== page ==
Actions You Can Take

When you are bidding on a project, the first question you should ask yourself or the supplier is this: Is the factory capable of manufacturing my product at the capacity at a given schedule?  Understand how and where the product is being manufactured and whether or not that work is being subcontracted. If so, are those subcontractors compliant and what is their relationship with your initial supplier? Understand how and where the products are being manufactured, whether the work is being subcontracted and, if so, whether those factories are compliant and how that relationship works.

Even the most progressive of approaches to auditing will not suffice if auditing is all you do—social compliance is a two-way street. Building partnerships and ensuring continuous improvements, ongoing training and educating factories about your company’s specific tolerances to working conditions at factory levels are all investments that need to be made. The message has to be consistent throughout the process and there should be no disconnect between sourcing and compliance. What can you do when sourcing to ensure social compliance? Supplier vetting is by far one of the most important tools in supplier management. Knowing a supplier’s sourcing criteria is something every distributor should take the time to understand. Following are eight key questions to ask:

  1. How long has the factory been in business?
  2. When was the supplier’s last order with this factory?
  3. Does the factory have any social compliance accreditation such as SMETA 4 pillar, BSCI, SA8000 SEDEX, etc.?
  4. Does your supplier visit the factory prior to making a decision to work with them?
  5. Does the supplier perform a capability audit to verify if the factory can handle production, or does it subcontract out to other parties that may operate under questionable working conditions?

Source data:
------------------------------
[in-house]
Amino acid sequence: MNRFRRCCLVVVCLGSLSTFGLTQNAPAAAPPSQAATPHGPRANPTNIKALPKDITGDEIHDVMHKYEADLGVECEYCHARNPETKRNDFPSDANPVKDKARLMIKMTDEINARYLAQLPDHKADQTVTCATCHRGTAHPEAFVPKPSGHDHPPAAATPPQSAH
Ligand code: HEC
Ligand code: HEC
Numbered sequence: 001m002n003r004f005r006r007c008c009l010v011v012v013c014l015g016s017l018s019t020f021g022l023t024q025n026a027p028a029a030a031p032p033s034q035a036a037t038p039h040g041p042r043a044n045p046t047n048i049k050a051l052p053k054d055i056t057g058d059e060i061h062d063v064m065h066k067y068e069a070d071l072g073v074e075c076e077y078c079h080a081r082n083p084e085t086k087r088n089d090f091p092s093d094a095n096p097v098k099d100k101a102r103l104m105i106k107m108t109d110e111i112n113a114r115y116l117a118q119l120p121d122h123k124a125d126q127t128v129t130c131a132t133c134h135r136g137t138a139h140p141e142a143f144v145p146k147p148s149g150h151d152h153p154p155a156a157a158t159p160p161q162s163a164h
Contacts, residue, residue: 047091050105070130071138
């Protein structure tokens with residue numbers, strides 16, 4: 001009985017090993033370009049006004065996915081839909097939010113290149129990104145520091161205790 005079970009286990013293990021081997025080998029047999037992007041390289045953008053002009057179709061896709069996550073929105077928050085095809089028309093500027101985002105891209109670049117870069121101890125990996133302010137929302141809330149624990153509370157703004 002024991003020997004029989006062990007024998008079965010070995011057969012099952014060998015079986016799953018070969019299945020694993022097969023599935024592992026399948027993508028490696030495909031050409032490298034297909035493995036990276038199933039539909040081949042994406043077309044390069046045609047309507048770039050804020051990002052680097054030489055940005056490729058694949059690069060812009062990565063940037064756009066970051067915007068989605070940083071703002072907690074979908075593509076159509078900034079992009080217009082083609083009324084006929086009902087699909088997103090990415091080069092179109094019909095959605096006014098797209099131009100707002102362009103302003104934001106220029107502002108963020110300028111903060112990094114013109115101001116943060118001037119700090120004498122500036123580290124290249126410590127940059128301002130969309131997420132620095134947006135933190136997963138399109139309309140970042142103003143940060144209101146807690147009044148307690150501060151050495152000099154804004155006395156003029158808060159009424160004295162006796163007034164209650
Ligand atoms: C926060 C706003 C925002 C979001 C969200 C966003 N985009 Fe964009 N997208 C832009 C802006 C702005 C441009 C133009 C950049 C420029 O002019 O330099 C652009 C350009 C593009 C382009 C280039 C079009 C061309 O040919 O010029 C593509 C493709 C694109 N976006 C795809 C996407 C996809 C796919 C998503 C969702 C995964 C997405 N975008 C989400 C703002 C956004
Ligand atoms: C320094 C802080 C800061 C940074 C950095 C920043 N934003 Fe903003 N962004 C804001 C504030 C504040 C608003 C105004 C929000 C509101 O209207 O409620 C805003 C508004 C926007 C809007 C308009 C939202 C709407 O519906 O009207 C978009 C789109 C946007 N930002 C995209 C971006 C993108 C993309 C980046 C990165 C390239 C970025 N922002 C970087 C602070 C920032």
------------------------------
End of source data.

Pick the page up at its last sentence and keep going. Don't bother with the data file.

6. Does the supplier use a third-party accredited agency or have an internal auditor who verifies information pertaining to working conditions at the factory?
  7. Does the supplier belong to a third-party organization that validates their sourcing practices and processes?
  8. Are audits the only tool that the supplier uses to verify factory conditions?

Social compliance is always evolving so continuously engage your suppliers in open dialogue about their practices in regards to onboarding factories. The responsibility is not only on suppliers but on every party benefiting financially throughout the supply chain.

Shamini Peter is director of product safety and compliance for New York, New York-based distributor Axis Promotions. She serves on the PPAI Product Responsibility Action Group and was named a PPB Rising Star in 2013.

Best Practices And Case Studies

PPAI provides a number of resources to help member companies maintain transparency in supply chain management. These are available at www.ppai.org under the Inside PPAI tab. Click on Social Responsibility and see the link on the right.

Distributor Best Practices

Social Responsibility Policy for Distributors

Social Responsibility Audits of Suppliers by Distributors

Supplier Best Practices

Social Responsibility Policy for Suppliers

Social Responsibility Audits of Vendors/Factories by Suppliers

Industry Best Practices for Both Distributors and Suppliers

California Supply Chain Transparency

Foreign Corrupt Practices

Principles of Social Responsibility

Code of Conduct

Implementing A Social Responsibility Program

Pre-Qualifying Assessment of Vendors/Factories/Suppliers

Social Compliance Basic Factory Audit Checklist

Corrective Action Plans (CAP)

Social Responsibility Metrics and Tracking

Social Responsibility Monitoring

Sustainability Reporting

Tariff Act of 1930

Understanding Code of Conduct Content

Product Safety, Social & Environmental Best Practices